It is also anticipated that Rice will attempt to garner support for the US strategy of isolation of Venezuela, a tactic which the New York Times today reported has met with general failure throughout the region. According to the Times, the Bush administration has failed to convince any government in Latin America of joining it in condemning the Chavez government and that, as a result, it is now re-thinking its strategy towards Chavez. The new strategy would include a “harder line,” says the Times, citing high-ranking policy-makers. Part of that strategy would mean providing increased funds to opposition groups in Venezuela and working more with the Inter-American Commission on Human Rights to criticize Chavez.

The Bush administration, via the State Department spokesperson Adam Ereli, denied the Times article’s claim that it was re-thinking its strategy with regard to Venezuela. “But it’s not a question of isolating or taking steps against Venezuela,” said Ereli. In reference to the Times report he added, “those are not reports that reflect any reality in terms of decisions by the United States to change its policy.”

Relations between Caracas and Washington have been tense since Chávez was elected in 1998, however they took a sharp turn for the worse when the US tacitly supported a short-lived coup against the nine-times democratically elected leader in April, 2002.  Since then, Chávez has stepped up his efforts to promote and hasten the integration of Latin America, to point out and criticize US foreign policy, to defend the sovereignty of Venezuela and to ensure that the basic needs of its people are met.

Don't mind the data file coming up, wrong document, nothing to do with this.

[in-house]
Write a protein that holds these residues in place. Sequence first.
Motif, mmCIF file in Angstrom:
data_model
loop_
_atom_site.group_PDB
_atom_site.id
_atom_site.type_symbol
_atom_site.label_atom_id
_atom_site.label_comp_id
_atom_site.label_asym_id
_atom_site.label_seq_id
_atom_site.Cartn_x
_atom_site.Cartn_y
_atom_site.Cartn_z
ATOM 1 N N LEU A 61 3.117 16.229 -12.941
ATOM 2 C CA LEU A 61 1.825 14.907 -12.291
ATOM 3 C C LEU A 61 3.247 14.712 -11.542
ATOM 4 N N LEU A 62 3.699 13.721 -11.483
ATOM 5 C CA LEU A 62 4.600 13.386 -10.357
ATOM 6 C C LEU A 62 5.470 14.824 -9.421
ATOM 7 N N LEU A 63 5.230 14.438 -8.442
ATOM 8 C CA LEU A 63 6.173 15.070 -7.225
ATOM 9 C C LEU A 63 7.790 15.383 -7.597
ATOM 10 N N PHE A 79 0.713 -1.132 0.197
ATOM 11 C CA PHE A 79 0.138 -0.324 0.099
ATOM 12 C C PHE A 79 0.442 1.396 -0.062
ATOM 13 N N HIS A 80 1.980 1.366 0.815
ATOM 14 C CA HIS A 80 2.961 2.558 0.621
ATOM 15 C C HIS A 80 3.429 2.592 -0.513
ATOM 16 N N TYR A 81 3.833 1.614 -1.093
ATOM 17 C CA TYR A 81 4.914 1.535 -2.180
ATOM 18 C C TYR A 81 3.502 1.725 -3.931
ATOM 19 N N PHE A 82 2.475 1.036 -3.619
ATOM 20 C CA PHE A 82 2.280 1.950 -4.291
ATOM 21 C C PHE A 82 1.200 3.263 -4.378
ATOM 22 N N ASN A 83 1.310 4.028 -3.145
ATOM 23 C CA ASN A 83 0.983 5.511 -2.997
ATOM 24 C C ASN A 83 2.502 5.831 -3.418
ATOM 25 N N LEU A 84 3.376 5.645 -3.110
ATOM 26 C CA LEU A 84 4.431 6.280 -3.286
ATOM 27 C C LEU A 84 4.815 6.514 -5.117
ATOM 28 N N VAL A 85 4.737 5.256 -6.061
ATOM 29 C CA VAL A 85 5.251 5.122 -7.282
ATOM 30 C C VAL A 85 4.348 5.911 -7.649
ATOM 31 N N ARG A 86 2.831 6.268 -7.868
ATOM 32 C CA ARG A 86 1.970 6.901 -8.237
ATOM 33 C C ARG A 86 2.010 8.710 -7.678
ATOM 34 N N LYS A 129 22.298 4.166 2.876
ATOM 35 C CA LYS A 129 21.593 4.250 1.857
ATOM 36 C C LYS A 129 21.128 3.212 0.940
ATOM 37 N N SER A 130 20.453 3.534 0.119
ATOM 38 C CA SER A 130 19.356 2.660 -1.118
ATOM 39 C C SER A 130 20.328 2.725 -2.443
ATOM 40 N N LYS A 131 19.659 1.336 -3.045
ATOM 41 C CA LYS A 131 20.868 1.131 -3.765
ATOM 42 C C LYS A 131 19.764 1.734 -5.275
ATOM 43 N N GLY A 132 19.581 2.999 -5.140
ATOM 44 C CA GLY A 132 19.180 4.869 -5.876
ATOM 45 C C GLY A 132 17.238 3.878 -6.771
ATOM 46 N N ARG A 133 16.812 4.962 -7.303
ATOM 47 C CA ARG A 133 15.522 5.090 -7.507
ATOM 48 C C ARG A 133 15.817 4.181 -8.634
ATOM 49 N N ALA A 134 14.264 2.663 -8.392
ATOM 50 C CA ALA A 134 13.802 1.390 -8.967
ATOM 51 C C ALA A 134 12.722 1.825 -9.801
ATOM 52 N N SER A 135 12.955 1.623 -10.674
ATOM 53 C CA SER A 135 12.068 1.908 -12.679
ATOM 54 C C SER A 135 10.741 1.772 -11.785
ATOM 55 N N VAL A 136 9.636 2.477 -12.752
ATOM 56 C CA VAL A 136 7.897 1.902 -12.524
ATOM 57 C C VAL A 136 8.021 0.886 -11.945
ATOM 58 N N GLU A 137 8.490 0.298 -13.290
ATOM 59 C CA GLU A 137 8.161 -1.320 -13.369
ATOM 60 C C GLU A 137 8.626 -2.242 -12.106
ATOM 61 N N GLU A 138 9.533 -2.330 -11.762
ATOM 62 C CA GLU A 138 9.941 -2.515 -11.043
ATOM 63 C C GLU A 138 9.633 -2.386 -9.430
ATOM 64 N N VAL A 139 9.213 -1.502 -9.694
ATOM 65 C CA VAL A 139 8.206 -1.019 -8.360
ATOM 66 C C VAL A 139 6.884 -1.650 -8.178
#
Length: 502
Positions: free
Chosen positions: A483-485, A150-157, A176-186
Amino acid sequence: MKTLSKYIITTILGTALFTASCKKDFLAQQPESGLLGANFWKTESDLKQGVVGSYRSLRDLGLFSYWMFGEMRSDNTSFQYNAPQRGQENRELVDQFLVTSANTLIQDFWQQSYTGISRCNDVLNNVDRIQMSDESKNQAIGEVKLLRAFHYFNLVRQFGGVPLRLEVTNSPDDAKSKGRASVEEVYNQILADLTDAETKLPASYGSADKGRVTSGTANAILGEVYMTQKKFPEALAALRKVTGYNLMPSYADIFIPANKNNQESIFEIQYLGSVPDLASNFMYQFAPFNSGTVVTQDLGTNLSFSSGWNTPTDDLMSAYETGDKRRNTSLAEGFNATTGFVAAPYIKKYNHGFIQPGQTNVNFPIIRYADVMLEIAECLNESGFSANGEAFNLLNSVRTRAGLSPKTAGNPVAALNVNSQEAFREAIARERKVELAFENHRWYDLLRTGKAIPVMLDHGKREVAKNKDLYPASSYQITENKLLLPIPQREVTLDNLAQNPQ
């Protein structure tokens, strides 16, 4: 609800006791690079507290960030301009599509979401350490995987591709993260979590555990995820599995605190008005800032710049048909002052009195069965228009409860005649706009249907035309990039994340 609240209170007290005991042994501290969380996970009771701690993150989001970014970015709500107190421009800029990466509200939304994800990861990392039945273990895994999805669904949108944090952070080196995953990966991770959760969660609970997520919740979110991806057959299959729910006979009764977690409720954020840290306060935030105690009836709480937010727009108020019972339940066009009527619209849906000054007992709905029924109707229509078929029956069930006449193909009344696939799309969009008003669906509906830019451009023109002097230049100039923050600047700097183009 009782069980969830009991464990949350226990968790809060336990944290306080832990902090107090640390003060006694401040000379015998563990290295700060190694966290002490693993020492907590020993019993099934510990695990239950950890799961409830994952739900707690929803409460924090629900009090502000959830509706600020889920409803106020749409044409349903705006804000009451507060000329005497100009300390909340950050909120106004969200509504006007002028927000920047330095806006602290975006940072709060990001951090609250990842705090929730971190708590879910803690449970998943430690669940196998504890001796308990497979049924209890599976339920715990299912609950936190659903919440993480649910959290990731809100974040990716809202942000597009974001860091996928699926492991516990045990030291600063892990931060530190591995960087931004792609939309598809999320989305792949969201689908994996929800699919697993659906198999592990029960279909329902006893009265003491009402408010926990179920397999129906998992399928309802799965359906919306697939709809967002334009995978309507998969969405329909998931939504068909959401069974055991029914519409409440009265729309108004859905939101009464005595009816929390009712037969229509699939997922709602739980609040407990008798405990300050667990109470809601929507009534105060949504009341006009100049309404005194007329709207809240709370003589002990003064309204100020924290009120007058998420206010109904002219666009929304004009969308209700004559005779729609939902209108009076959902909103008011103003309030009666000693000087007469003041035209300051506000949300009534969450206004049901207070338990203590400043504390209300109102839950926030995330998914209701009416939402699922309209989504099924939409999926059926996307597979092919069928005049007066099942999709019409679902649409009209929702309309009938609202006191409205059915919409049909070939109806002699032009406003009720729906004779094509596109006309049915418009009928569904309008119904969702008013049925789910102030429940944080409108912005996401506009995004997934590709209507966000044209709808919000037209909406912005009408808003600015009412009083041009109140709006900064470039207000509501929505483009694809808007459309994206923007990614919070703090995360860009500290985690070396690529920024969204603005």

Repeated Response to Rumsfeld’s Repeated Criticism

During his press conference given at the Presidential Palace of Miraflores, Information Minister Izarra reiterated Rangel’s response to the U.S. government, that Venezuela’s reorganization of its National Armed Forces and its weapons purchases are crucial to optimizing the country’s defensive capacity and defending its national sovereignty within the constitutional and democratic framework of the country.

The Communication and Information Minister then commented that Rumfeld’s “concerns” come at a time when two eye-catching trends in US military spending have become apparent. The first being that the Bush administration is asking Congress to approve an additional 80.6 billion dollars in “supplementary aid” in order to prolong US military presence in Iraq and Afghanistan.

Secondly, according to estimations made by the Venezuelan Defense Ministry, by 2007 US military expenditures will amount to 470 billion dollars annually. Izarra then explained that that is more than the combined expenditures of the top 25 military budgets outside the United States.

Izarra then proceeded to respond to statements made by William Brownfield, the US ambassador to Venezuela, who had expressed his doubts about the transparency of the arms purchases. Noting that Venezuela had clearly announced what it was purchasing and explained that the equipment would be used to reinforce defense operations along the Venezuelan-Colombian border and to defend Venezuela’s national sovereignty,  Izarra emphasized that not a single government in the world, except the US, has objected to Venezuela’s plans to modernize its military equipment.